[ANN] Progress 0.1.0

I’m pleased to announce the first release of Progress, now available on Opam.

Progress is a small library for quickly defining and using progress bars in OCaml programs. It aims to provide the following:

  • support for rendering multiple progress bars simultaneously;
  • responds dynamically to changes in terminal size;
  • allows user-defined progress bar layouts.

Defining your own progress bars

The example animation above uses a pre-provided progress bar layout that should meet many needs (Progress_unix.counter), but it’s fairly easy to re-define it ourselves using the low-level Progress.Segment API:

let counter filename =
  let proportion i = Int64.to_float i /. 1_000_000. in
  let open Progress in
  Segment.(
    list
      [
        const filename;
        Units.bytes of_pp;
        Progress_unix.stopwatch ();
        bar ~mode:`ASCII proportion;
        using proportion (Units.percentage of_pp);
      ]
    |> box_winsize ~fallback:80  (* Dynamically scale to window size *)
    |> periodic 100              (* Re-render once every 100 updates *)
    |> accumulator Int64.add 0L  (* Accumulate progress updates *))
  |> make ~init:0L

The Segment combinators are similar to those of general-purpose pretty-printing libraries (e.g. pp and fmt), but are equipped with extra logic for “stateful” segments and segments that can have dynamic width. Together, these make for a convenient way to express common patterns when pretty-printing progress bars. For instance, the stateful segment periodic seen above can be used to ensure that very frequent updates from a hot-loop do not result in too much time spent re-rendering the output.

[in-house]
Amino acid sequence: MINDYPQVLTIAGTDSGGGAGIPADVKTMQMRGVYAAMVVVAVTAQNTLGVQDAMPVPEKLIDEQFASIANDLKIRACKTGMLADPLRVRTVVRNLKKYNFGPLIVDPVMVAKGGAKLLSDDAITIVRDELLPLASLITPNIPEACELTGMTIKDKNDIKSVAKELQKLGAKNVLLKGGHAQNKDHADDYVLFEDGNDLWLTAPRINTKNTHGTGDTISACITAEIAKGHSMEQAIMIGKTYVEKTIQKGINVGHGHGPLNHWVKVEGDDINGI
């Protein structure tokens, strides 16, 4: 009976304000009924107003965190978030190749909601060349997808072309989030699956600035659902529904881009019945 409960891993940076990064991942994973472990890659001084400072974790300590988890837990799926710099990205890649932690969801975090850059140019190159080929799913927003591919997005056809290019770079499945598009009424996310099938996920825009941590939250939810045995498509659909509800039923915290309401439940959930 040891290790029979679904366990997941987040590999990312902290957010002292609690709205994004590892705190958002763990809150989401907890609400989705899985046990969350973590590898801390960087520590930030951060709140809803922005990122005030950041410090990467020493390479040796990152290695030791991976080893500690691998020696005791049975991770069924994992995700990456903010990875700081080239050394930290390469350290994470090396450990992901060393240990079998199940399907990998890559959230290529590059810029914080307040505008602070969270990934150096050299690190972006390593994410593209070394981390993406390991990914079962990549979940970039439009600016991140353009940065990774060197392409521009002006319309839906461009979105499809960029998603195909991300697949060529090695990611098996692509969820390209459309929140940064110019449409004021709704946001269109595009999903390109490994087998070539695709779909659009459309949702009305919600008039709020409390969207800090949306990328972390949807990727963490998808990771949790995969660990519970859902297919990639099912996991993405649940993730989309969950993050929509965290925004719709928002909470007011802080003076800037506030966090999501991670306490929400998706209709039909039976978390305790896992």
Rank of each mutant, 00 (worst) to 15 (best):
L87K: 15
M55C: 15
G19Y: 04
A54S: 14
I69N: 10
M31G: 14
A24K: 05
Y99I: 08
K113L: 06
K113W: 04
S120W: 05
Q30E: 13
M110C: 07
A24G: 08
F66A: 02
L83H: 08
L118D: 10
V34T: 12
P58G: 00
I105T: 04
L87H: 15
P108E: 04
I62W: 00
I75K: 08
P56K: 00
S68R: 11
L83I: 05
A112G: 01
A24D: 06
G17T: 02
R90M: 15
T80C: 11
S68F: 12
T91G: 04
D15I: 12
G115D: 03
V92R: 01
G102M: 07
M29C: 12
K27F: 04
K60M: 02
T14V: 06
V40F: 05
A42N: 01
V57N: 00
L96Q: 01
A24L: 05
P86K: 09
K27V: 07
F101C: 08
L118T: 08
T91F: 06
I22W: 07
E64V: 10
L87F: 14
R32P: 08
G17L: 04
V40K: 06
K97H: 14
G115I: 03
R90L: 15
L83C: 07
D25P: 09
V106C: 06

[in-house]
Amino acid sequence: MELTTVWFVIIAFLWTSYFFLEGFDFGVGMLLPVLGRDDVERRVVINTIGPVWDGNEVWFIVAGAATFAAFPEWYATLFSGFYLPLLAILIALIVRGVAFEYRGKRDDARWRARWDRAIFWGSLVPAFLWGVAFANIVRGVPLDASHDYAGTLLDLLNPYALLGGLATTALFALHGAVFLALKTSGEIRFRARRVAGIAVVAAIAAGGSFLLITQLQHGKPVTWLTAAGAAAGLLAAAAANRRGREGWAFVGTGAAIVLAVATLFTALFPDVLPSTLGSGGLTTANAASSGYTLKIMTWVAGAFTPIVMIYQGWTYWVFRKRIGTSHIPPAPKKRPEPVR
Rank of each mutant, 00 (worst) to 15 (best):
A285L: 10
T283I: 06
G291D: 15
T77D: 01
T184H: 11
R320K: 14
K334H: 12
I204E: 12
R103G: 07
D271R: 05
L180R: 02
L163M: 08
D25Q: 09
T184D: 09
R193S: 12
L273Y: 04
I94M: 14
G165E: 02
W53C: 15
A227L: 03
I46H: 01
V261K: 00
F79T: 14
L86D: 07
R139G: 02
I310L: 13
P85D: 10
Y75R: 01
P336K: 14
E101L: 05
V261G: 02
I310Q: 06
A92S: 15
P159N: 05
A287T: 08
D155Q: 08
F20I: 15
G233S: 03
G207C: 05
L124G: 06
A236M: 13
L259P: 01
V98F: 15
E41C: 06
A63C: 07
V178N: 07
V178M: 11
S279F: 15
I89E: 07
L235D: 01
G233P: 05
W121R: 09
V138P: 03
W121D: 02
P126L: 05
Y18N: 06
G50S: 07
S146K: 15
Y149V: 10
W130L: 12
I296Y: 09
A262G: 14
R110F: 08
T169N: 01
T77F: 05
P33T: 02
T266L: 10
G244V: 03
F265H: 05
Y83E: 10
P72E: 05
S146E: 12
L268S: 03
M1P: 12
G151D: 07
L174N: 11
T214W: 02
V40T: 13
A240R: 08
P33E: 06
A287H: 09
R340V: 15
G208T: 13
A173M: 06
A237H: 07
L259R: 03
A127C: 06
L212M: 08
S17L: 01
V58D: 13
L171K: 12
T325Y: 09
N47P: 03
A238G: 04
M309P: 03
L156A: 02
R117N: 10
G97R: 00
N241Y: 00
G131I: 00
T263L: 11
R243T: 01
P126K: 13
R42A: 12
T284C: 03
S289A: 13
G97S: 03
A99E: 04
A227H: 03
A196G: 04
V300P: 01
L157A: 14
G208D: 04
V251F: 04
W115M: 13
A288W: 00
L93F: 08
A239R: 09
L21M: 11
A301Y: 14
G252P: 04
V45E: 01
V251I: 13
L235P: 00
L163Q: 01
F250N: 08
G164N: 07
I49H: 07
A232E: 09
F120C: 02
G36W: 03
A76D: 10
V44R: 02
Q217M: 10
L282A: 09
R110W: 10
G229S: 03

The library is not yet feature-complete, but should still be reasonably useful :slightly_smiling_face: Happy hacking!

17 Likes

Looks pretty!

At some point I made something like that which would also display logs on top of the progress bars. You would have logs like any terminal application and, at the bottom, the progress bars. It was a bit tricky to get right (you don’t want the progress bar to hide the logs, and you need the logs to remove the progress bar to draw over it, and then redraw the progress bar). Can Progress do that?

2 Likes

Thanks!

This would be a very valuable feature, and is the main thing I was thinking about when I said that the library is not feature-complete :slight_smile: I have a draft feature that allows “protecting” a Format.formatter by wrapping its flush function with a prefix that moves the cursor to the appropriate place and a suffix that then re-renders the bar. It works, but is somewhat tricky to test properly given the various edge cases involved. I expect this will be part of the next release.

(It would also be nice to integrate that wrapping functionality with the logs library in some way, so that this protected display mode can happen seamlessly for users of that library.)

2 Likes

Looks cool!
One useful thing for very long running computations is to show the Estimated Time of Arrival (ETA)
as some clock time and update it as the computation is progressing.
Like:

[###......] 33% 1h05m55s
4 Likes